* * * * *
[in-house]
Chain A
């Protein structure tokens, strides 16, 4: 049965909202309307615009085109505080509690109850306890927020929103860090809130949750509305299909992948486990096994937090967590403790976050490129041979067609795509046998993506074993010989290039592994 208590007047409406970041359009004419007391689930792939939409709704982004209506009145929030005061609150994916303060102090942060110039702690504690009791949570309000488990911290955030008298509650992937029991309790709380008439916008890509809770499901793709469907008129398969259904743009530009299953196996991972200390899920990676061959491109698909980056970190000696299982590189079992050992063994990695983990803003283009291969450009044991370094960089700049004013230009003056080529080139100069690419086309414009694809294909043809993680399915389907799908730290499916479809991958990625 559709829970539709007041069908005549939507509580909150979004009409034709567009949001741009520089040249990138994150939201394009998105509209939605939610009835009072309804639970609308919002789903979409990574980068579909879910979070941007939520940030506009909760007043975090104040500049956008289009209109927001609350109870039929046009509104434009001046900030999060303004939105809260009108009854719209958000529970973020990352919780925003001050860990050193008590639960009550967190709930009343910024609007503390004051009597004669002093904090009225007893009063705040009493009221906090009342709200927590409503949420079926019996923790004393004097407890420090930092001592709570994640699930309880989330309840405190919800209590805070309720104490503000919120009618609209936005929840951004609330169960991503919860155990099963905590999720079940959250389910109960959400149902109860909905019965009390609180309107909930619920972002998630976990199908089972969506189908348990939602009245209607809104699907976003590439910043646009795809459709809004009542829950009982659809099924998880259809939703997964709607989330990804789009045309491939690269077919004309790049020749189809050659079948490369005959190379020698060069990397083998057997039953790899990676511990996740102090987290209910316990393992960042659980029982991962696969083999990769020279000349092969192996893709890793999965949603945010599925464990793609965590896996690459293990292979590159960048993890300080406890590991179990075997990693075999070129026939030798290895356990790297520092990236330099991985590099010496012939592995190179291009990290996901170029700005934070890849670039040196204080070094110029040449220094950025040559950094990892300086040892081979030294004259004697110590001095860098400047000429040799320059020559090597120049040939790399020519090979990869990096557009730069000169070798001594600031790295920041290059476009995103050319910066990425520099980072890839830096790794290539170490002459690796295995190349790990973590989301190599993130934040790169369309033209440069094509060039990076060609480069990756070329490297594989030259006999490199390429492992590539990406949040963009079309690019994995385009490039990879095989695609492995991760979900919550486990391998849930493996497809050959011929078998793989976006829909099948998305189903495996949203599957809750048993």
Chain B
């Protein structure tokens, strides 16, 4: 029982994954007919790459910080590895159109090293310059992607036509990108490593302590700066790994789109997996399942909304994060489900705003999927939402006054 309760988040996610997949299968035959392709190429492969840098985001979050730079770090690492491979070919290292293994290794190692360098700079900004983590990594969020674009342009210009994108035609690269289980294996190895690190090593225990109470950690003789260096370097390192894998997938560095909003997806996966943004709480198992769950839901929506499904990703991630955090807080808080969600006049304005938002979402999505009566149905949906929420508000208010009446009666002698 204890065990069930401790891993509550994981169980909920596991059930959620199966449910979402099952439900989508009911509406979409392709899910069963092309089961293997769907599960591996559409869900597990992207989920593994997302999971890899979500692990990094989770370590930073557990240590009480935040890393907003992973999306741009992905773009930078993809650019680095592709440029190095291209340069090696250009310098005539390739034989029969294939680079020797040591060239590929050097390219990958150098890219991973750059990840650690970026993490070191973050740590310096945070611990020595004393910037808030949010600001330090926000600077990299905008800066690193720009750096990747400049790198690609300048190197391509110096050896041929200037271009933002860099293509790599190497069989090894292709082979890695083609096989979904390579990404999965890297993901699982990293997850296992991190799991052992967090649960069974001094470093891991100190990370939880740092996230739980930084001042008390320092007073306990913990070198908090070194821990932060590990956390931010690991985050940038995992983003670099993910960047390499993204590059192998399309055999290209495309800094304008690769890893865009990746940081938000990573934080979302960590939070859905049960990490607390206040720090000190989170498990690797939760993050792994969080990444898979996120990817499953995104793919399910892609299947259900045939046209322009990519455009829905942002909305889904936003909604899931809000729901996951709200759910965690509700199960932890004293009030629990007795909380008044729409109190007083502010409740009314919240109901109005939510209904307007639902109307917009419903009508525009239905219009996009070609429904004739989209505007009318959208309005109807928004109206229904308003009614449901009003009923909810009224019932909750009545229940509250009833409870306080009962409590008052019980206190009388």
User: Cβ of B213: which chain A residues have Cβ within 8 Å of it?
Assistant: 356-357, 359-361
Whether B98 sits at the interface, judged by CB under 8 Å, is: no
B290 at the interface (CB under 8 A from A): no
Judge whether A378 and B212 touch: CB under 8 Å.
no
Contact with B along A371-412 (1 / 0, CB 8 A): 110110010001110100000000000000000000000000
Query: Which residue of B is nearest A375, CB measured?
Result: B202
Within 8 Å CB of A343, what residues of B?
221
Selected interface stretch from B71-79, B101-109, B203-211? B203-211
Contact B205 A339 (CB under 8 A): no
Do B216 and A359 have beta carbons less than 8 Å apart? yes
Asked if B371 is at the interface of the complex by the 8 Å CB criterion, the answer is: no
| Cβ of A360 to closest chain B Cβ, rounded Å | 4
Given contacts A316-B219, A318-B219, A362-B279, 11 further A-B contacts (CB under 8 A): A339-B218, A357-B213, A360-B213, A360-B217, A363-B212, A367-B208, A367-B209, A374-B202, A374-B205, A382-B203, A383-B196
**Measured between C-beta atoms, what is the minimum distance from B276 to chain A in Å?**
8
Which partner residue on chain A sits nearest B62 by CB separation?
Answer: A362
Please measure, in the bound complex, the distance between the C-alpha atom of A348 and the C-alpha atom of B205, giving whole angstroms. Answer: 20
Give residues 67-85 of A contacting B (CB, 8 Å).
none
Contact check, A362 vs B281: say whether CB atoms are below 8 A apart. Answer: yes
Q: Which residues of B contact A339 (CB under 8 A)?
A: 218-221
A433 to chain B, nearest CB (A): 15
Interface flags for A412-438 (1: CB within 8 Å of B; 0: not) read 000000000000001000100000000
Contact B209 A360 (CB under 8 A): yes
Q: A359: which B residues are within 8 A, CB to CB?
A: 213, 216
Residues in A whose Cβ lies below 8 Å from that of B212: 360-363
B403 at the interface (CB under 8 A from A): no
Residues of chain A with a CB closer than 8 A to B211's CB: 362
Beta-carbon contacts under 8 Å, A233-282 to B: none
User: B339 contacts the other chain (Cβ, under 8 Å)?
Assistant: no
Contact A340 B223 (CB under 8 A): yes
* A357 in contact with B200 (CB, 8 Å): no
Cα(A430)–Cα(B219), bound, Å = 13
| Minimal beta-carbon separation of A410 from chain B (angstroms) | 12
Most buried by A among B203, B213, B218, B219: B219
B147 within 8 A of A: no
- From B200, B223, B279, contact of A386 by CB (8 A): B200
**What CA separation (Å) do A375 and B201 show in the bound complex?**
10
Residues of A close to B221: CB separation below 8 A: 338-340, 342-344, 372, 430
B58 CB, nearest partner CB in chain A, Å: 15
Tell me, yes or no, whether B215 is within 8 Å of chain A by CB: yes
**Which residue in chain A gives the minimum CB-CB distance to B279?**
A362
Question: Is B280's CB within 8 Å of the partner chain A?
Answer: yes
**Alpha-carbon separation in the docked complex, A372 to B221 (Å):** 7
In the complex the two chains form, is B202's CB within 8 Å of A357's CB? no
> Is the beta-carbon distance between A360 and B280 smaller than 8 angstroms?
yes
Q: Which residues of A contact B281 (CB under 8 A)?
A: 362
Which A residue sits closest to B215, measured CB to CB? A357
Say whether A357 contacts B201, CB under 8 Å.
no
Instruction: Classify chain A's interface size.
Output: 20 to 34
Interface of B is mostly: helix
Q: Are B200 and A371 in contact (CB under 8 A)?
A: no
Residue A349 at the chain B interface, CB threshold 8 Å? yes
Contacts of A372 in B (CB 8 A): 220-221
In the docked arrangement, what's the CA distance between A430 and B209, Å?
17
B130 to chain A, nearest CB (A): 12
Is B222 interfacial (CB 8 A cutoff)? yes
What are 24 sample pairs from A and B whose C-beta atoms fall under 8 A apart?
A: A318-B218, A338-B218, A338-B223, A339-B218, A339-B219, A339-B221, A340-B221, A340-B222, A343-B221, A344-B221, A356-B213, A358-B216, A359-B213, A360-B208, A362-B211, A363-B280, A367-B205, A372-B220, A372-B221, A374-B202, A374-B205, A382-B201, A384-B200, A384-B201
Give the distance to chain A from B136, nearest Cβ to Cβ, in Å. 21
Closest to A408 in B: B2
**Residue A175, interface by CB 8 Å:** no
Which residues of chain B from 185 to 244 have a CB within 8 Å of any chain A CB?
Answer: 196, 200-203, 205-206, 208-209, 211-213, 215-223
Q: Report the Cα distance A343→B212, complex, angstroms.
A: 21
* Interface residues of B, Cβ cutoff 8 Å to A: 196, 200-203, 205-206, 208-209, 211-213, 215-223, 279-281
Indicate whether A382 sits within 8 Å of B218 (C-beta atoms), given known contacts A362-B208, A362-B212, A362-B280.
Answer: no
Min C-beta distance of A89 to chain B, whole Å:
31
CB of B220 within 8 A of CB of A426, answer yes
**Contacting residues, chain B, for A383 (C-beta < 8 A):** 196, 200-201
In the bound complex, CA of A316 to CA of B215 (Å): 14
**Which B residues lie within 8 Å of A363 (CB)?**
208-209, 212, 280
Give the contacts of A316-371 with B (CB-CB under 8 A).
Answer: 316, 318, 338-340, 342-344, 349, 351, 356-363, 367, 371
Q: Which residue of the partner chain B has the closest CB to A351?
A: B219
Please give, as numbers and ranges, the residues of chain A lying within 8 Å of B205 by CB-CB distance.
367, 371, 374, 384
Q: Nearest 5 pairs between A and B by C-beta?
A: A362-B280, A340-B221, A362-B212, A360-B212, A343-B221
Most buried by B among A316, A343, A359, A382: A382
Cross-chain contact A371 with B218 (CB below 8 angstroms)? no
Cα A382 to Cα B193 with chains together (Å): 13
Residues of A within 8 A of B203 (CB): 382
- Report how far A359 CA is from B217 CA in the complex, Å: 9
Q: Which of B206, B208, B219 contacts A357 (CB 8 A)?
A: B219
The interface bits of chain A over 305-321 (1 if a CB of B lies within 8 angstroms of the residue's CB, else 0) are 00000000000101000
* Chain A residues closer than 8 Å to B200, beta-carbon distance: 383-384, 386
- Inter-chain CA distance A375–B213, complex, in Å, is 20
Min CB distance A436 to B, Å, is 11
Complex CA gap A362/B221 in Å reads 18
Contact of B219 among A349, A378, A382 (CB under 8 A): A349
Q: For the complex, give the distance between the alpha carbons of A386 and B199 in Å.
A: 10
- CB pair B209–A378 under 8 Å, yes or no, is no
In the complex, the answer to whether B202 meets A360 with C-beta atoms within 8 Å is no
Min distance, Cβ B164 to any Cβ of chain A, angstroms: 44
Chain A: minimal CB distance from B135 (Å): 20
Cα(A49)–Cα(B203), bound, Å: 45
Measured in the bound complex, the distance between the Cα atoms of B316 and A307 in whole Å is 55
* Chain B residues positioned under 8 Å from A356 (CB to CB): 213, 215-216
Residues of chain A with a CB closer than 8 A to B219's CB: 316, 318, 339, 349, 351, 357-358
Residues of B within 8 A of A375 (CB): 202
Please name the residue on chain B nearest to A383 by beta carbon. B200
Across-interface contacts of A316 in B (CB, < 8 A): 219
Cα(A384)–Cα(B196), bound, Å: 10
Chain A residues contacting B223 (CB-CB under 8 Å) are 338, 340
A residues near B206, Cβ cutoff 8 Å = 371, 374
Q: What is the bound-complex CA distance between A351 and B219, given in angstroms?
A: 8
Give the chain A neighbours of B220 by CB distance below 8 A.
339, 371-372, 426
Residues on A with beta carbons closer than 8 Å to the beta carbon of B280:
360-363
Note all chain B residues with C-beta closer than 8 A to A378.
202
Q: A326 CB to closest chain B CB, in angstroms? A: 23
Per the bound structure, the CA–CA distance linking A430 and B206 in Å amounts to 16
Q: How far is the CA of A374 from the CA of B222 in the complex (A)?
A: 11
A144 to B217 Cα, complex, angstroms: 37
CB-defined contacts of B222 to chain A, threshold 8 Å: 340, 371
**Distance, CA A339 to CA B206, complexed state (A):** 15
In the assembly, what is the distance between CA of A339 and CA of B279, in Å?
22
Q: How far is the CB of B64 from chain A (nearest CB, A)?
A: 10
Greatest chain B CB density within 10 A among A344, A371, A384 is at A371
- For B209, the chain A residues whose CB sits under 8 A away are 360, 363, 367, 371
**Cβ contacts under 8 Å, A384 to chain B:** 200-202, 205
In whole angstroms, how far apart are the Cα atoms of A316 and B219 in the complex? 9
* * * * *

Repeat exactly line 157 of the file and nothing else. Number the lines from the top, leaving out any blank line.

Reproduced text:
**Cβ contacts under 8 Å, A384 to chain B:** 200-202, 205